1. Copy all users (including legacy hash password) to UserAuth table (and change all foreign keys) - this would be a very backward-incompatible way (a legacy site + new site could not exist). Use the code from above to continue authenticating with legacy hash or new hash.
  2. Use what I have above, ensuring to migrate users “role” assignments to the new system (UserAuthRole table) upon first sign in. Making sure to properly populate the session in OnAuthenticated as well. This would allow the rest of ServiceStack to take over role management. Backwards-compatible wise this would be a little strange (what happens if a user gets a new role in the legacy system?)
  3. Use what I have above plus write a full CustomAuthRepository to point to my role tables. This would ensure full compatibility and allow users to “try” the beta site while in transition.

Other questions:

What is the cardinality of UserAuth > UserAuthRole? Is that a one to many? Is the Role and Permission column a singular value or a blob of json?

The only dependency your DTOs should reference is the dep/logic-free ServiceStack.Interfaces, this ensures maximum interoperability of your Services as your clients don’t depend on any server logic.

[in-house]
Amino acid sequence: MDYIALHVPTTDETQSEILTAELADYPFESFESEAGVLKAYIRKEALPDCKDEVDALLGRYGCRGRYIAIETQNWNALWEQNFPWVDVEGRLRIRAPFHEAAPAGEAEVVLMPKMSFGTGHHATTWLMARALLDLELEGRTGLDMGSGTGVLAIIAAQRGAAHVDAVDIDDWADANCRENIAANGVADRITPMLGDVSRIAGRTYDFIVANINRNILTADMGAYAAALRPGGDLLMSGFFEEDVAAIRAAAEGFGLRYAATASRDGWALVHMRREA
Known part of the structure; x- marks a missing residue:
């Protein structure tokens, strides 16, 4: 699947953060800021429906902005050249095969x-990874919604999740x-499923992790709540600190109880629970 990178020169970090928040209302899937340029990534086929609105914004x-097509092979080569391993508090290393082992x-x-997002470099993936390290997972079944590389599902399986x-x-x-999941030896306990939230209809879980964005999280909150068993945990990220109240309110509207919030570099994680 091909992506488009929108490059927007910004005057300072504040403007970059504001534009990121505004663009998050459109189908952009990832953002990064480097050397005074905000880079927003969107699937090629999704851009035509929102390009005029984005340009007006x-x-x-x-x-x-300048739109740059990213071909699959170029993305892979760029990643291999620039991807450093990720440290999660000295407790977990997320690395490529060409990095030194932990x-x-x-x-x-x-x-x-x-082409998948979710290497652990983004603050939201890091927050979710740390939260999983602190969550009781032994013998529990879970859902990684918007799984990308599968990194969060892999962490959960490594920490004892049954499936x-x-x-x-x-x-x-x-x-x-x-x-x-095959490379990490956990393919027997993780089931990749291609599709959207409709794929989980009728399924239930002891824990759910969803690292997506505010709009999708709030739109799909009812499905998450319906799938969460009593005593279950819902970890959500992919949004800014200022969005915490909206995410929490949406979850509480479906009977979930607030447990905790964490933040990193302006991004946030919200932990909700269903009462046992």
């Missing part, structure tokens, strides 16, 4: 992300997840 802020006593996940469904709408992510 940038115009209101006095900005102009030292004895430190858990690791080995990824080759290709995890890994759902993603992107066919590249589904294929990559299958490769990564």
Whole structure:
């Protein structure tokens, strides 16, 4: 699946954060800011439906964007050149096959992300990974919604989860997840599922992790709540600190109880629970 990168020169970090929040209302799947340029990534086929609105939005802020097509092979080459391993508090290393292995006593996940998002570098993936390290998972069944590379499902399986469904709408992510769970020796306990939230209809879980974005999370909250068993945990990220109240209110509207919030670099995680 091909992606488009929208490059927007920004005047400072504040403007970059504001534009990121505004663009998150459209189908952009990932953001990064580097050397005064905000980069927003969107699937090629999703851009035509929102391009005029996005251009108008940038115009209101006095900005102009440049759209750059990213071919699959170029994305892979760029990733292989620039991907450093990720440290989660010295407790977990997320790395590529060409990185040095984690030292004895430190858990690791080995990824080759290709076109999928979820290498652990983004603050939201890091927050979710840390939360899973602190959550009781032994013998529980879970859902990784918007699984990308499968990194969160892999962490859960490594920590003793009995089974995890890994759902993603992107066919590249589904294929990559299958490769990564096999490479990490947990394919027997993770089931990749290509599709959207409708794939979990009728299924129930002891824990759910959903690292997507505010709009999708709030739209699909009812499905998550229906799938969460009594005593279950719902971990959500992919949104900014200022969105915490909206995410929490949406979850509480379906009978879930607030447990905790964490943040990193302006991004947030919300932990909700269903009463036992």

I wouldn’t go for a mixed solution, i.e. either migrate completely to ServiceStack’s UserAuth tables so you can use the built-in CredentialsAuthProvider and OrmLiteAuthRepository or retain your existing db tables and use your CustomAuthProvider. If you have existing Roles/Permissions have your CustomAuthProvider populate them when they create the UserSession or if you prefer you can use a CustomUserSession and provide a custom implemention for the HasRole/HasPermission APIs which is what ServiceStack uses to determine if the User has the Role/Permission.

It’s 1:M with the Role/Permission columns containing the name of the role. The only Role used in ServiceStack is the Admin role which is used to allow access to protected features, e.g. Un/Assign Roles, Request Logging, Metadata Debug, etc.